post #24 of 233
Quote:
Originally Posted by Voidoid-Surreal
After reading this thread, I might want to add another to the collection.
Not sure if anyone has formally welcomed you to Head-Fi, the tradition is "Welcome to Head-Fi, sorry about your wallet!"

Scott
post #25 of 233
Thanks! I decided to finally break down and buy a new pair of headphones, but I was overwhelmed until I found this site. It's quite a community you all have here! I went with the Grado SR-225's (mainly because of how much I listen to rock, and it's derivitives) and they just arrived this morning. Boy am I pleased! I see what you mean about the wallet, though. I'm afraid the headphone bug has bit...
post #26 of 233
Sigh....yet another Head-Fi thread that has depleted my wallet. At least I got away for less than a double sawbuck. I just bought the Maazel/London VPO set, new, off half.com.

I'll post my impressions once I've listened to it.

...seems like an awful lot of trouble just to vibrate some air.

-Z
post #27 of 233
Quote:
Originally Posted by Zurg
Sigh....yet another Head-Fi thread that has depleted my wallet. At least I got away for less than a double sawbuck. I just bought the Maazel/London VPO set, new, off half.com.

I'll post my impressions once I've listened to it.

...seems like an awful lot of trouble just to vibrate some air.
-Z
What Sibelius do you have now or is this your first purchase?
post #28 of 233
One thing is that, due to the relative brevity of his symphonies, when compared to composers like Bruckner and Mahler, it is pretty inexpensive for a cycle. I bought nine symphonies plus assorted other Sibelius works for about $40 shipped and I wasn't even shopping around for price. Factor in that I was being pretty choosy and selective.

But............................................... ..................the amount of money I've spent this last year is obscene.
post #29 of 233
Quote:
Originally Posted by DarkAngel
What Sibelius do you have now or is this your first purchase?
This is my first Sibelius purchase on CD. Many many years ago I had a few Sibelius albums on vinyl but they have long since been lost. Currently, I am re-listening to all my symphony collections, (I have a comparatively modest library). I am currently finishing up the complete Mozart symphonies (Marriner/Krips). I thought it would be nice to try something new, and this discussion sparked my interest. I have good, but indistinct, memories of the Sibelius I have heard so I thought I would make the jump to something a bit new and different. Any other recommendations are, of course, welcome.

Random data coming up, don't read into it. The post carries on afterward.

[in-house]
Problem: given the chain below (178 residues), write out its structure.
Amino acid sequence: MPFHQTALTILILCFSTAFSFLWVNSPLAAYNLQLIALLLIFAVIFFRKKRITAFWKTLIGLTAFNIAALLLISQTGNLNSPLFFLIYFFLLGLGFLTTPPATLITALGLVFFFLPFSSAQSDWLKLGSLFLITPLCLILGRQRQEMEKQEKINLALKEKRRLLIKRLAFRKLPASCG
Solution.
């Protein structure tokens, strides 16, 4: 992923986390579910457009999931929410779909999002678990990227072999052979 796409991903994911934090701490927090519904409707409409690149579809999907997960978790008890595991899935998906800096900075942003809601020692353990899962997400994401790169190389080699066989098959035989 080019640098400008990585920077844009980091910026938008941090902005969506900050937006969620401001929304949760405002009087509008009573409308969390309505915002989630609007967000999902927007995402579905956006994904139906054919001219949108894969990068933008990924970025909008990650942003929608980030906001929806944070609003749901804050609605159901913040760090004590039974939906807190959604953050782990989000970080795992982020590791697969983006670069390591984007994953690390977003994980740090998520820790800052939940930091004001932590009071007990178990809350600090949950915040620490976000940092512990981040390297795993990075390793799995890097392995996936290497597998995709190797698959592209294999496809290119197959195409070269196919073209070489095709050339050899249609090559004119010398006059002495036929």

-Z
post #30 of 233
Started receiving some of my Sibelius discs today and want to offer some initial impressions of the differences between the No. 6 with Davis conducting the Boston and the No. 6 with Berglund conducting the Helsinki.

Please note that I have some, but not a huge amount, of history with this composer, so I'm no authority by any means.

Both versions are, imo, outstanding. I originally ordered the Davis due to a lot of reading I had been doing on his Sibelius interpretations, but some on the other board suggested that, while Davis is very good, they felt Berglund's No. 6 was better and, although very close, I'd also give the tip of the hat in Berglund's direction.

Berglund seems to lead a more organic approach as if different orchestral sections were really part of a whole, whereas different sections seem to play off of each other more with Davis. Note: When I say organic here, I think I'm referring to something different than Tyson was referring to. Both seem to hold that quality of not moving forward. The whole composition breaks with classic structure, especially in the final movement, which doesn't build to any great crescendos, but continues rather quietly to evolve from what came before. Neither seems emotionally detached, but, by the same token, neither seems intent on flooding the work emotionally. I guess this is what people mean by a stark picture of what's going on. The Davis, I suppose because of its quicker tempo (not at all too quick, mind you), seems to have more sustained energy, whereas the Berglund seems quiet and more leisurely until it suddenly leaps to its feet in dynamic spurts. Both are well constrained and don't do what I'd call as overstate or over dramatize the music.

My feelings are that either of these presentations are keepers.